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David Bowie - The Buddha Of Suburbia (OST) CD (album) cover


David Bowie


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3.33 | 77 ratings

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5 stars With a discography as extensive as Bowie's there's bound to be one or two hidden gems in there. The Buddha of Suburbia is certainly one of them. A common misconception that this album is the soundtrack for a TV drama of the same name. Yes, the title track is the theme song from the programme, but the rest of the tracks were largely altered to create very different compositions. All of this is explained in detail in the liner notes to the original CD issue of the album (now out of print, but I managed to finda copy in a used record store.)

The title track is sweeping and catchy, and seriously a highlight of Bowie's career. The melodies as strong as anything on Hunky Dory, with a slick modern twist to it. 'Sex and the Church' is a very odd electronica sounding song. Its repetitive but in a good way, very reminiscent of the Berlin albums, with a strong Kraftwerk feel. 'South Horizon' is one of Bowie's best instrumentals, almost of the caliber of Warszawa or Subterraneans, both from Low. A piano and a saxophone play a jazzy improvisation over a subtle electronic background. 'The Mysteries' is pure ambience, more minimalistic than anything on the second side of Heroes. This is truly subtlety at its best. 'Bleed Like a Craze, Dad' is back with the electronic pop/rock, and is a more intense track. 'Strangers When We Meet' is a song that would be revivified on Bowie's next album, Outside, but the version on Buddha is the best in my opinion. This is possibly the best song on the album, a sounding like Life on Mars' more optimistic little brother. 'Dead Against It' returns to the more intense side of things. 'Untitled No. 1' is another pleasant song in the vein of the title track or 'Strangers...'. Unlike those two, however, it retains the anonymity of the title by not having any obvious catchy hooks. It does, though, remain very pleasant to listen to. 'Ian Fish, UK Heir' is ambience at its most extreme (or maybe more accurately non-extreme). It really takes a careful ear to pick out all the ever-so-quiet sounds on this one. The album finishes with another version of the title track, this time with Lenny Kravitz providing additional guitars. what a great way to round off an album, almost as it started.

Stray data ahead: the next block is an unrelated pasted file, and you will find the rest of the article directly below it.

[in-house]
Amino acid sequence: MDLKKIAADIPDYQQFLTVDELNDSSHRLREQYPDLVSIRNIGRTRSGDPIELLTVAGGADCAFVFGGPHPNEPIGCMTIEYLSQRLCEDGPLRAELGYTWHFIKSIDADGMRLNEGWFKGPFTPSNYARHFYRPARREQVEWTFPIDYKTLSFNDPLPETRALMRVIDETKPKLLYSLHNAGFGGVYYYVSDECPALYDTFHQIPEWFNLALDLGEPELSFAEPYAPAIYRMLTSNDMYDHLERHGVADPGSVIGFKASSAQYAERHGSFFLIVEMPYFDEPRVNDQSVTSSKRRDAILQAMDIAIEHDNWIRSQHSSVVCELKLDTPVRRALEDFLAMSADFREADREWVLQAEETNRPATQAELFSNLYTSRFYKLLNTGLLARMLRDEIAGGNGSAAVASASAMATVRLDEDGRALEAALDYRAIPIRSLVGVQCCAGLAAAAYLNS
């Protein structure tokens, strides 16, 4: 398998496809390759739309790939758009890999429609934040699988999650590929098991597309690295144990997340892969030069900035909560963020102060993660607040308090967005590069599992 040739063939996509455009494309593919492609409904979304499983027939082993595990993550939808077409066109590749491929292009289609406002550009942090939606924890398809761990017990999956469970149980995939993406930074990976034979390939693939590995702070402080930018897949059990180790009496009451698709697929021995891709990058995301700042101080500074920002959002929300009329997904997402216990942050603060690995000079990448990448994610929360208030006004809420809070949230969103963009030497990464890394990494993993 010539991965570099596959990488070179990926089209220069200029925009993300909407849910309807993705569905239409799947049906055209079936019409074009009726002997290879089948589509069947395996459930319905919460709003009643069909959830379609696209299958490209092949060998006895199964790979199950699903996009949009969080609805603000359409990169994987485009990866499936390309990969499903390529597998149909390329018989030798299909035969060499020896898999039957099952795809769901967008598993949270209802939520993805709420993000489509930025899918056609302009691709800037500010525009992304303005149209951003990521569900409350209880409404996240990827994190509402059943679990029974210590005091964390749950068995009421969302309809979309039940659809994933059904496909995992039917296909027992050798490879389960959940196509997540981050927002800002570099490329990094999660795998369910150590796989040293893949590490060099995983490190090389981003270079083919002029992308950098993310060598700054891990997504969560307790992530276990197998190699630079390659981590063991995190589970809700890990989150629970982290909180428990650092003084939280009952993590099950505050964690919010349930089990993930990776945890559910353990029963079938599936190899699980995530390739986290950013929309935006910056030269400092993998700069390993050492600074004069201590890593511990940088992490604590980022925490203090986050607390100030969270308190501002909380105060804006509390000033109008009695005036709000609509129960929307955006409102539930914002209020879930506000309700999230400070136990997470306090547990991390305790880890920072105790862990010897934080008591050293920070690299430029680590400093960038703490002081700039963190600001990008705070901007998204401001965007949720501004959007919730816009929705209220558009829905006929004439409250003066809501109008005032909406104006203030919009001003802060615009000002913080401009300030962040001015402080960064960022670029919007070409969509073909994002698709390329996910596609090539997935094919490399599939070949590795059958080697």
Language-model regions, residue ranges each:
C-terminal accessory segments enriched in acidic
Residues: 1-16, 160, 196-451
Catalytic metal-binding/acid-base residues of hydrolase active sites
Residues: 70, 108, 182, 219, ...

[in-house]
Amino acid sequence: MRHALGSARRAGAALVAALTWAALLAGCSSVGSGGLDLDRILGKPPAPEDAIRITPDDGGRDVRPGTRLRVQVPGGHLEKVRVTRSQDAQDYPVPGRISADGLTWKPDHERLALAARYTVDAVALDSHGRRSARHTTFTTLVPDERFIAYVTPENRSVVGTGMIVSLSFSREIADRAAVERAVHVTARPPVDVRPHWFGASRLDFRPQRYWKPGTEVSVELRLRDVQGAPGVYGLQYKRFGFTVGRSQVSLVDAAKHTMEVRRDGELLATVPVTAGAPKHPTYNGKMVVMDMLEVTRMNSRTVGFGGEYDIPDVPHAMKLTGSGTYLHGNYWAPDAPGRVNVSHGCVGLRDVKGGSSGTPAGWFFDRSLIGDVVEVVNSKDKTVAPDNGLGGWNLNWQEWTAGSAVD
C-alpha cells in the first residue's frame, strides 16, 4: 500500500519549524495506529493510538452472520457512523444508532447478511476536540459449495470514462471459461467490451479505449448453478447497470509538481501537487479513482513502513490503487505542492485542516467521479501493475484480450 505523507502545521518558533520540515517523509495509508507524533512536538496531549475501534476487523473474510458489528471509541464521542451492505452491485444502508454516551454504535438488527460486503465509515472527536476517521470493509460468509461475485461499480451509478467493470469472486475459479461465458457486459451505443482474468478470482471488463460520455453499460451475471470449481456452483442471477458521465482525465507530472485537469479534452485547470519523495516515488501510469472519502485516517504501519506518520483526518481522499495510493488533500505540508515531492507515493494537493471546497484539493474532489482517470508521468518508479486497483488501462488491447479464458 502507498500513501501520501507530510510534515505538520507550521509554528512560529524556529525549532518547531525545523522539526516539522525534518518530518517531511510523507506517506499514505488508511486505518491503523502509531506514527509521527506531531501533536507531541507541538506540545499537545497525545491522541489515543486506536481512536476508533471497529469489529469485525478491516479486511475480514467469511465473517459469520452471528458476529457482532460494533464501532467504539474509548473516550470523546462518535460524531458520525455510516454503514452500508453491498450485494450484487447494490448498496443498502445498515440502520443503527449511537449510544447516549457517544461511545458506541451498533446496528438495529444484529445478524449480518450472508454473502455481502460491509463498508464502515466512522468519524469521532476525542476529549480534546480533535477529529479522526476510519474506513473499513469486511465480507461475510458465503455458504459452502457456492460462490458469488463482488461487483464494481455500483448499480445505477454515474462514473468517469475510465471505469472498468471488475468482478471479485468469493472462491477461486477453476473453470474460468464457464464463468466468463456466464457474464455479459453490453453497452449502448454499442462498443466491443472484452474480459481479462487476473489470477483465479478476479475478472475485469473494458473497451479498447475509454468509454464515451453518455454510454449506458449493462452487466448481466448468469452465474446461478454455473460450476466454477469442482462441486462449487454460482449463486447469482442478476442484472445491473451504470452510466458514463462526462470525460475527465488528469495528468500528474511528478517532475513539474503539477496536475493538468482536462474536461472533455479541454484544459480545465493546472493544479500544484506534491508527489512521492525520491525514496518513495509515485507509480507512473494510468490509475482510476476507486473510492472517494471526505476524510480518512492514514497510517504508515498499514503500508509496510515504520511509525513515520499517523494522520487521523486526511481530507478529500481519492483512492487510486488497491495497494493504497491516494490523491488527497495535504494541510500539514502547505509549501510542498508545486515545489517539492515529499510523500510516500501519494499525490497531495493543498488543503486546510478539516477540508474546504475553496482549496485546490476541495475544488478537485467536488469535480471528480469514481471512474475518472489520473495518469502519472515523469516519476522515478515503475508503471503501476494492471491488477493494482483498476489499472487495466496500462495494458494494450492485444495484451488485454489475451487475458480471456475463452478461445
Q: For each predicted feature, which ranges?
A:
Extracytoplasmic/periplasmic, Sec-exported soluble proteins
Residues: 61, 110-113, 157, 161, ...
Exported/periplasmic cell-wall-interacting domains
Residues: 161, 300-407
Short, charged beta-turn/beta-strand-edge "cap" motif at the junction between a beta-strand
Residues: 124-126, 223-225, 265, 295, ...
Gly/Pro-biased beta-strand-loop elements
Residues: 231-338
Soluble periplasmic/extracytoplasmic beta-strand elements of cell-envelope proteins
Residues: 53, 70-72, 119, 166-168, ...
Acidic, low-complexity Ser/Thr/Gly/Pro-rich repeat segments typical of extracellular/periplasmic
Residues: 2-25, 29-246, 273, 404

Well done to David Bowie for creating such a great album with so few musicians, even fewer than on Diamond Dogs in fact. This album is an overlooked masterpiece. It sounds like a modernized Low, with the instrumentals interspersed with the songs, rather than all on one side. Five stars for this excellent album.

burtonrulez | 5/5 |


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